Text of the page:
Definition of Efficient Market Hypothesis It is the idea that the price of stocks and financial securities reflects all available information about them. If new information about a company becomes available, the price will quickly change to reflect this.
Three Types of Efficient market hypothesis
- Weak EMH. This states all past market prices and data are fully reflected in the price of securities and stocks. However, some information about events shaping the company may not be fully reflected in the price. In other words, technical analysis of prices is of no use.
- Semistrong EMH. This states asserts that all publicly available information is fully reflected in securities prices. In other words, fundamental analysis is of no use.
- Strong Form of EMH asserts that all information is fully reflected in securities prices. In other words, even insider information is of no use.
The Efficient Market hypothesis requires certain assumptions.
- Many buyers and sellers
- Agents have rational expectations and on average make good decisions about buying shares/stocks
- Perfect information about market trends and profit of firms.
Implications of the Efficient Market Hypothesis
- Markets are efficient in determining the prices of financial securities.
- Investors tend to be rational.
- It is not possible (except through luck) to outperform the market.
- Prices may not determine future stock performance e.g. the market may not know about an event which will lead to lower profit.
- It is easy to buy and sell. For example, housing markets are less close to the model of efficient market hypothesis because there are significant time lags in buying selling and stamp duty e.t.c.
If we assume an efficient market hypothesis it suggests regulators need to do little, if anything to prevent asset/stock market bubbles. Because according to this theory, irrational asset price bubbles shouldn’t occur. However, if the efficient market hypothesis is not true, then there is a greater role for regulators to intervene in asset/stock bubbles to prevent a boom and bust. (assuming regulators don’t get caught up in the same irrational exuberance as investors)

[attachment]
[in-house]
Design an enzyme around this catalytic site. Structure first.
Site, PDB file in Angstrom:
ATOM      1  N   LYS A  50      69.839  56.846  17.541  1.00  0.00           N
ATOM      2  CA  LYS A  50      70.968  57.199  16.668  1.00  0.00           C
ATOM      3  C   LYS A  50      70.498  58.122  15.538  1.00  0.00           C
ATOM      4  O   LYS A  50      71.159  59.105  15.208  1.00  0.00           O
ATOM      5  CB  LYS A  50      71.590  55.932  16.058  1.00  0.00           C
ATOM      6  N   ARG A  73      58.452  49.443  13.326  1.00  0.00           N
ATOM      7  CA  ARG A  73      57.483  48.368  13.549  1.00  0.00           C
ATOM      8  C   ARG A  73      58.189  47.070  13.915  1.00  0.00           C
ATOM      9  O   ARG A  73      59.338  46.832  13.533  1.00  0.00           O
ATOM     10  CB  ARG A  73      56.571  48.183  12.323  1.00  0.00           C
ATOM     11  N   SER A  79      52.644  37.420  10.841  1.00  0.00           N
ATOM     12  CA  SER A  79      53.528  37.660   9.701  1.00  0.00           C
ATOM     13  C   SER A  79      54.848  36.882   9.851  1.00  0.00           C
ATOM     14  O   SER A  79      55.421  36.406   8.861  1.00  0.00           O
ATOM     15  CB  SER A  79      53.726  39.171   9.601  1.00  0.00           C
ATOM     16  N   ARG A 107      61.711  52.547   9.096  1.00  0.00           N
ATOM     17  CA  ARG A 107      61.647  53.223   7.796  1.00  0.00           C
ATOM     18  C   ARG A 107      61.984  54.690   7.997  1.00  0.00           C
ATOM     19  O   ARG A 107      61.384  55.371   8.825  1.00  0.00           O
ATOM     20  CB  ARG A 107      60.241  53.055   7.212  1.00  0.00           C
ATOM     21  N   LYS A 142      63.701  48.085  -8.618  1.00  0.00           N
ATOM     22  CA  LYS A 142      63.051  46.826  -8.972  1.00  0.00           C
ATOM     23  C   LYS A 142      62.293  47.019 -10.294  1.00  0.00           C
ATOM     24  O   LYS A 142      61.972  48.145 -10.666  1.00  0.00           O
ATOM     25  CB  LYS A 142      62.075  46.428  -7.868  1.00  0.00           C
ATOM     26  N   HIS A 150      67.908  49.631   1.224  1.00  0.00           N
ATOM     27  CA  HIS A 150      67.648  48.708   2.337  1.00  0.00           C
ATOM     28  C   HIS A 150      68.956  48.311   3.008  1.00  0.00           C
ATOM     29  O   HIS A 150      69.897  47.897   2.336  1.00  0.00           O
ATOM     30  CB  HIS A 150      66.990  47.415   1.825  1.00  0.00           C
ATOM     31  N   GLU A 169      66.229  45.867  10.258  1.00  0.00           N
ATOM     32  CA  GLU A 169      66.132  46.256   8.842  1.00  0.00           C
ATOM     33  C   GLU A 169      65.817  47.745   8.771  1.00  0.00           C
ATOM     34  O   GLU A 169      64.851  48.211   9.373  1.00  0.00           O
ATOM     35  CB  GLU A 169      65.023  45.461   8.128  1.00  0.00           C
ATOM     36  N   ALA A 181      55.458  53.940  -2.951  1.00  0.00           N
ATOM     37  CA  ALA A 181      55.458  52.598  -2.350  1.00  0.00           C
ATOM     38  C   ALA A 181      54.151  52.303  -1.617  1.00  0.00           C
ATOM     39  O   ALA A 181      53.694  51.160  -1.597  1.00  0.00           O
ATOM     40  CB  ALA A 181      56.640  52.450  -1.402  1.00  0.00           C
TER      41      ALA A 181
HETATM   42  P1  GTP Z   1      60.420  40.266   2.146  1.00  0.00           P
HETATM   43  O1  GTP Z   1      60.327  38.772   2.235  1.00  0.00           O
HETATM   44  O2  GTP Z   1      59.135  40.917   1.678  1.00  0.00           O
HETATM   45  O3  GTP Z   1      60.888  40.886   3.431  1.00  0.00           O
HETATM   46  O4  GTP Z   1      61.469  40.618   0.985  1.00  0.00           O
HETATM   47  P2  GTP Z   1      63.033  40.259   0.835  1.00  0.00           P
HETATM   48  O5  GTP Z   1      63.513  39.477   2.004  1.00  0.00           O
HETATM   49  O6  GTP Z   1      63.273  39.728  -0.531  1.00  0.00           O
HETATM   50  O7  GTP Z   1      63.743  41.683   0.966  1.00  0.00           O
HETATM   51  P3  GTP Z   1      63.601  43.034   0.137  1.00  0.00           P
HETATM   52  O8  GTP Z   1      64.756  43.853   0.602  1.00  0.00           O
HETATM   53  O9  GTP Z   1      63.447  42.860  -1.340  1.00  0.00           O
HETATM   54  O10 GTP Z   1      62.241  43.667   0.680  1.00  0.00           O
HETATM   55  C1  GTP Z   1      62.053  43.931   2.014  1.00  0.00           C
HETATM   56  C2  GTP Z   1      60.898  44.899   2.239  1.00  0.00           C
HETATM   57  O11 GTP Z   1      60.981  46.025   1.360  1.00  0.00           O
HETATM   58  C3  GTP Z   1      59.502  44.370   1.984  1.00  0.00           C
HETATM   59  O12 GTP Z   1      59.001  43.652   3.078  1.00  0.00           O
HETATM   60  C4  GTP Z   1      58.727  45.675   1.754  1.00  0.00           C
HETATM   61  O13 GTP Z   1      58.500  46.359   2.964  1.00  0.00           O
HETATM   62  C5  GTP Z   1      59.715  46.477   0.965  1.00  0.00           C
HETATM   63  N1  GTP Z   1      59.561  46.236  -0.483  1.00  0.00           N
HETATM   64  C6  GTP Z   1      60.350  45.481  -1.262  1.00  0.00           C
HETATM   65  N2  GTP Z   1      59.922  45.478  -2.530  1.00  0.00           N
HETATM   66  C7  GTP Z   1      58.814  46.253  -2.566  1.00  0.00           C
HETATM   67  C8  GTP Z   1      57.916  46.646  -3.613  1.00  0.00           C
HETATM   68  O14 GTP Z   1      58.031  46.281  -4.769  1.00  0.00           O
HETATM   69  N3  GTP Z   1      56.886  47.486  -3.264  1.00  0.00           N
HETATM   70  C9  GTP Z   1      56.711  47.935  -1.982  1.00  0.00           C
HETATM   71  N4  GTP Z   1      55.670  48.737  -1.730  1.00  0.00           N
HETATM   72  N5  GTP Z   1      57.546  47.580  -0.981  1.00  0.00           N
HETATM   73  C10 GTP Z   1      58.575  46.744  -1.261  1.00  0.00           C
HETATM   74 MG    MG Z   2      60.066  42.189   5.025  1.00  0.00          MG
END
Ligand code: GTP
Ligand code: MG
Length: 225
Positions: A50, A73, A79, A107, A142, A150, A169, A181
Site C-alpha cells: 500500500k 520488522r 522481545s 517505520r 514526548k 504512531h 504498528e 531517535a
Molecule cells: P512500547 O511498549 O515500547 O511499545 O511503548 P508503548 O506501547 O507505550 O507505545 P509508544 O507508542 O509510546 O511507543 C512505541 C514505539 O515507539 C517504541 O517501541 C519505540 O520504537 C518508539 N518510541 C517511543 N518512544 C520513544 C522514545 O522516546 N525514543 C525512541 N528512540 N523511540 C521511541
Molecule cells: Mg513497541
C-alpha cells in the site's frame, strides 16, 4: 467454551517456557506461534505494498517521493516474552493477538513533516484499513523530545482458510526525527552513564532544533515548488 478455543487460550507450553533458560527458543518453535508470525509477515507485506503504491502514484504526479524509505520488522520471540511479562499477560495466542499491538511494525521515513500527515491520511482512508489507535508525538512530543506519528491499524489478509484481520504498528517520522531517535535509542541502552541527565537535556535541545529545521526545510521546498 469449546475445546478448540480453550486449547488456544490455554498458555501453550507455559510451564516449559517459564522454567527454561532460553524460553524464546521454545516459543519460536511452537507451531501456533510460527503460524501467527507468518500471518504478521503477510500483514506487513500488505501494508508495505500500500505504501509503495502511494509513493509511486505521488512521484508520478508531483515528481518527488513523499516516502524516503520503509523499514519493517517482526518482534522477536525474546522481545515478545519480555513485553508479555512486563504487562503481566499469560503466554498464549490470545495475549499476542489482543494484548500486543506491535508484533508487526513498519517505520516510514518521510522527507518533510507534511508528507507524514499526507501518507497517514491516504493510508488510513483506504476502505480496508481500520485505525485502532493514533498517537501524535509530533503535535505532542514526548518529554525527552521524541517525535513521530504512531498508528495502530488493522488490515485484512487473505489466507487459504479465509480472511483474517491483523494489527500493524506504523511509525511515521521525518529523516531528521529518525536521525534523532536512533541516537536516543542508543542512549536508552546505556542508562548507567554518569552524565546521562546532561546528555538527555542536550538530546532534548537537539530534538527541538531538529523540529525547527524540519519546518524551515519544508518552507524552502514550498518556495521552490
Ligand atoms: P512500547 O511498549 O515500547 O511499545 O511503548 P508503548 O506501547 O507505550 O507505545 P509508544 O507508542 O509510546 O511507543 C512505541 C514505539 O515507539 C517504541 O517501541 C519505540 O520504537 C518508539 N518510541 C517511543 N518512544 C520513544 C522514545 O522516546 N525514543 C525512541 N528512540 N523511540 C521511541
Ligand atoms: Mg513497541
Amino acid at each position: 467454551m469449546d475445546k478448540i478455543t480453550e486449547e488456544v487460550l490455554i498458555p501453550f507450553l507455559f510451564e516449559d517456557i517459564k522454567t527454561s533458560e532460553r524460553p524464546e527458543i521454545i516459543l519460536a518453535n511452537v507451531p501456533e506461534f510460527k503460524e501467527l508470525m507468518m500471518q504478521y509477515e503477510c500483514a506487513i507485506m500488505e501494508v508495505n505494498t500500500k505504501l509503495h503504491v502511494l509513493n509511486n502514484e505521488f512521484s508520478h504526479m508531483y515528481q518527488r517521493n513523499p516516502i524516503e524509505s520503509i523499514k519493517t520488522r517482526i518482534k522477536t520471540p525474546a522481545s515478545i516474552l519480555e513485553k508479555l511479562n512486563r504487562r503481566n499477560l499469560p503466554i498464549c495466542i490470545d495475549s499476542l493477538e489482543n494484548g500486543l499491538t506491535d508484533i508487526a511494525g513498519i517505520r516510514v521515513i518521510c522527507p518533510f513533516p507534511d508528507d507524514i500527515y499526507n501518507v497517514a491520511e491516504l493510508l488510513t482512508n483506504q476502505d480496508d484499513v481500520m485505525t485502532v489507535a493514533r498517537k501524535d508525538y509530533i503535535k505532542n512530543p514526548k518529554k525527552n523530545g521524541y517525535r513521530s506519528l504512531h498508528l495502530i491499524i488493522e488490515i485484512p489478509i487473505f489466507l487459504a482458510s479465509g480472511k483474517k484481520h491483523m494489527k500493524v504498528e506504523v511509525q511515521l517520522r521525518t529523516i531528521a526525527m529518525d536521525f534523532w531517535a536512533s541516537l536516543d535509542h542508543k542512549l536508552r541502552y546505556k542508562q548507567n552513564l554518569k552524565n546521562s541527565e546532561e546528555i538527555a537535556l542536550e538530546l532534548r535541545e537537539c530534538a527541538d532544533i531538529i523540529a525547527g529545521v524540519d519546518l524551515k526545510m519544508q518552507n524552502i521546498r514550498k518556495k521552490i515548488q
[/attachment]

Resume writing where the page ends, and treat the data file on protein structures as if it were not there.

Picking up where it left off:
If some investors ignore data and get caught up in bubbles, then in theory ‘efficient investors’ should be able to profit by ‘shorting’ a boom. (see: short selling explained) But as Keynes said, the market can remain irrational for longer than you can remain solvent. In other words, a bubble may last for a long time and your short positions may fail before you finally benefit from the collapse in prices.
Criticisms of the efficient market hypothesis
Stock Prices often reflect evidence of:
- Irrational exuberance – people getting carried away by booms and asset bubbles (e.g. US house prices in the 2000s, Dot Com Bubble and Bust.
- Behavioural economics places greater emphasis on the irrationality of human behaviour in making economic decisions e.g. herding effect e.t.c
Empirical evidence that stock prices do not reflect. E.g. According to Dreman, in a 1995 paper, low P/E stocks have greater returns.
Even the founder of EMH, Eugene Fama found in a 1990s study that many stocks didn’t follow a random walk model but that ‘value’ stocks outperformed. They also found a ‘momentum effect’ where stocks which had done well in the past, often continued to do well in the future. Fama tried to defend his theory by saying cheap stocks had a greater risk.
Joseph Stiglitz published a proof saying that if the efficient market hypothesis was true it would be logically irrational to spend money on research – which people clearly do.
An Economic Model turned to myth – The Myth of the Rational Market by Justin Fox